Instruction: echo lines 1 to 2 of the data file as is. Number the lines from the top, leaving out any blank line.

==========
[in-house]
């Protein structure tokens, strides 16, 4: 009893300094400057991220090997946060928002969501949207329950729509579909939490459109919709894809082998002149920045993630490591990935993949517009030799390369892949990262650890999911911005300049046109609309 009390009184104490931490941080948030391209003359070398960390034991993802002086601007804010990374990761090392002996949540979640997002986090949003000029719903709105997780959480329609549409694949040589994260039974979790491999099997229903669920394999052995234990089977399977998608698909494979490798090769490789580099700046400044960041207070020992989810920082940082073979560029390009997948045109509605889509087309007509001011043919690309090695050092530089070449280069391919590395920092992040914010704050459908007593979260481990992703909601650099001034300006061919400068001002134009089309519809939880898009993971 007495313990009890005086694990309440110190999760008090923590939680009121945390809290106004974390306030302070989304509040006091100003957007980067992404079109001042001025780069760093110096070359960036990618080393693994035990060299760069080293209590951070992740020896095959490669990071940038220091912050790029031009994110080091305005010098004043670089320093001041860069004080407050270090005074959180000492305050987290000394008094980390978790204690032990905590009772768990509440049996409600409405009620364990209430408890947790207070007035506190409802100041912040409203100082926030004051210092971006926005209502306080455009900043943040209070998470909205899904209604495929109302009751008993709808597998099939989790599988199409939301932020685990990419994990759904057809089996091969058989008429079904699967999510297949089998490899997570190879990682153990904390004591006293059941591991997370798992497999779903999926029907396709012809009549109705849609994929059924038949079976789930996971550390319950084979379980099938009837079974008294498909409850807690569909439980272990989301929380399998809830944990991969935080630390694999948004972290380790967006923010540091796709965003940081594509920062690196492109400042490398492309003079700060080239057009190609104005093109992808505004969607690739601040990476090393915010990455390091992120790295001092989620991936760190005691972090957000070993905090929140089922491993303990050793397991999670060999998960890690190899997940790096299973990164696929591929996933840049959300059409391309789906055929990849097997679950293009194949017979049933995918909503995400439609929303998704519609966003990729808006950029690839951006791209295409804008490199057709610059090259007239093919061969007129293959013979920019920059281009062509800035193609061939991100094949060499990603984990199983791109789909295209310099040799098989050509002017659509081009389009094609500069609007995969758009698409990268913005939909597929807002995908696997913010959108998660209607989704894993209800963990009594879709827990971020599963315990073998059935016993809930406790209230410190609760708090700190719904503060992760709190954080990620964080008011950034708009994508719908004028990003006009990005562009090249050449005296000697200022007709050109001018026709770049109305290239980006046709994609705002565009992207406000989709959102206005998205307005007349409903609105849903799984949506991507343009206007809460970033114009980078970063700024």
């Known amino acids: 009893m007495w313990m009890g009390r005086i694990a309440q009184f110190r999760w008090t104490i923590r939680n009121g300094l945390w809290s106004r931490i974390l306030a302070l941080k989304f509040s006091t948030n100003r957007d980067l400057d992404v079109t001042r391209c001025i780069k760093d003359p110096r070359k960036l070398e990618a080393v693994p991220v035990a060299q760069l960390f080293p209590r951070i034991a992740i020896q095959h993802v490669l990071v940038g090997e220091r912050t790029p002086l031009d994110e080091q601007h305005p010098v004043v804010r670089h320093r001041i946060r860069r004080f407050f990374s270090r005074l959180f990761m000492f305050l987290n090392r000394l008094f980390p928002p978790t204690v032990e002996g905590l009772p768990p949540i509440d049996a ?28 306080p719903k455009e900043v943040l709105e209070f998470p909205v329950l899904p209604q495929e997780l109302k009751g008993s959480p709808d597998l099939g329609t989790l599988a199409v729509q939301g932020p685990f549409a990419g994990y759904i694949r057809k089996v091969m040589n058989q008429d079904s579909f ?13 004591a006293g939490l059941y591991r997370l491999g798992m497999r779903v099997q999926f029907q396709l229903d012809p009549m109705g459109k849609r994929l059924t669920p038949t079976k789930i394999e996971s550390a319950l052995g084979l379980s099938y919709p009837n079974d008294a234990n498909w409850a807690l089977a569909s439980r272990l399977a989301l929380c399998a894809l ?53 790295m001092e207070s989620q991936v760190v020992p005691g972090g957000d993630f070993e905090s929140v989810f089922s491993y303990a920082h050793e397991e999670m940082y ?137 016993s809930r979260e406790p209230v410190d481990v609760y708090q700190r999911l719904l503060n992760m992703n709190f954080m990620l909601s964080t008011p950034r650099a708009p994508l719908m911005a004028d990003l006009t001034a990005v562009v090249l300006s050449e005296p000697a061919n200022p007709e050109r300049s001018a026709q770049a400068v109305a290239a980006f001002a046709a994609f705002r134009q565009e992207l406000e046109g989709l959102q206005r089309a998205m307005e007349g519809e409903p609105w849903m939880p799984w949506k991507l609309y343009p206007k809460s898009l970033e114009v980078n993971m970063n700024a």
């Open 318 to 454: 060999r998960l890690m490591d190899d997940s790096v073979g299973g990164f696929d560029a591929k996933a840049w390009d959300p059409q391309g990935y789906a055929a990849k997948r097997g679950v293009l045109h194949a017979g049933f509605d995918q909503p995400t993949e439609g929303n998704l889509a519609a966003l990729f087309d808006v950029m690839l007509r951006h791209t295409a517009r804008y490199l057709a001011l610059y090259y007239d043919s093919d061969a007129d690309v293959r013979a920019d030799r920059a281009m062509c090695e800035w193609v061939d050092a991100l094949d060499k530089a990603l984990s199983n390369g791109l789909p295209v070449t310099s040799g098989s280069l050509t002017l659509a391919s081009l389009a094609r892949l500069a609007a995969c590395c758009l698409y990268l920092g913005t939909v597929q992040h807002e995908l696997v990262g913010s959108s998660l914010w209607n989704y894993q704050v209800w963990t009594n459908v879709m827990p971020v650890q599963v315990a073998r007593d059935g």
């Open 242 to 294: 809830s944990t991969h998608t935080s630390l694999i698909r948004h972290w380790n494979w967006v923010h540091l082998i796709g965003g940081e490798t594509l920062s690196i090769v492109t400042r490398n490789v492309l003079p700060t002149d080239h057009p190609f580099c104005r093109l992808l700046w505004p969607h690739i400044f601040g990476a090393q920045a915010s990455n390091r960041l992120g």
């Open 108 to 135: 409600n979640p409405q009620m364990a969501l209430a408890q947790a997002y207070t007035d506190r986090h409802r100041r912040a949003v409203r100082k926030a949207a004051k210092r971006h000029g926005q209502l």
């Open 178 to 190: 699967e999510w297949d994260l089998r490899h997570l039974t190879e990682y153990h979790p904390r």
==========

[in-house]
């Protein structure tokens, strides 16, 4: 009893300094400057991220090997946060928002969501949207329950729509579909939490459109919709894809082998002149920045993630490591990935993949517009030799390369892949990262650890999911911005300049046109609309 009390009184104490931490941080948030391209003359070398960390034991993802002086601007804010990374990761090392002996949540979640997002986090949003000029719903709105997780959480329609549409694949040589994260039974979790491999099997229903669920394999052995234990089977399977998608698909494979490798090769490789580099700046400044960041207070020992989810920082940082073979560029390009997948045109509605889509087309007509001011043919690309090695050092530089070449280069391919590395920092992040914010704050459908007593979260481990992703909601650099001034300006061919400068001002134009089309519809939880898009993971 007495313990009890005086694990309440110190999760008090923590939680009121945390809290106004974390306030302070989304509040006091100003957007980067992404079109001042001025780069760093110096070359960036990618080393693994035990060299760069080293209590951070992740020896095959490669990071940038220091912050790029031009994110080091305005010098004043670089320093001041860069004080407050270090005074959180000492305050987290000394008094980390978790204690032990905590009772768990509440049996409600409405009620364990209430408890947790207070007035506190409802100041912040409203100082926030004051210092971006926005209502306080455009900043943040209070998470909205899904209604495929109302009751008993709808597998099939989790599988199409939301932020685990990419994990759904057809089996091969058989008429079904699967999510297949089998490899997570190879990682153990904390004591006293059941591991997370798992497999779903999926029907396709012809009549109705849609994929059924038949079976789930996971550390319950084979379980099938009837079974008294498909409850807690569909439980272990989301929380399998809830944990991969935080630390694999948004972290380790967006923010540091796709965003940081594509920062690196492109400042490398492309003079700060080239057009190609104005093109992808505004969607690739601040990476090393915010990455390091992120790295001092989620991936760190005691972090957000070993905090929140089922491993303990050793397991999670060999998960890690190899997940790096299973990164696929591929996933840049959300059409391309789906055929990849097997679950293009194949017979049933995918909503995400439609929303998704519609966003990729808006950029690839951006791209295409804008490199057709610059090259007239093919061969007129293959013979920019920059281009062509800035193609061939991100094949060499990603984990199983791109789909295209310099040799098989050509002017659509081009389009094609500069609007995969758009698409990268913005939909597929807002995908696997913010959108998660209607989704894993209800963990009594879709827990971020599963315990073998059935016993809930406790209230410190609760708090700190719904503060992760709190954080990620964080008011950034708009994508719908004028990003006009990005562009090249050449005296000697200022007709050109001018026709770049109305290239980006046709994609705002565009992207406000989709959102206005998205307005007349409903609105849903799984949506991507343009206007809460970033114009980078970063700024």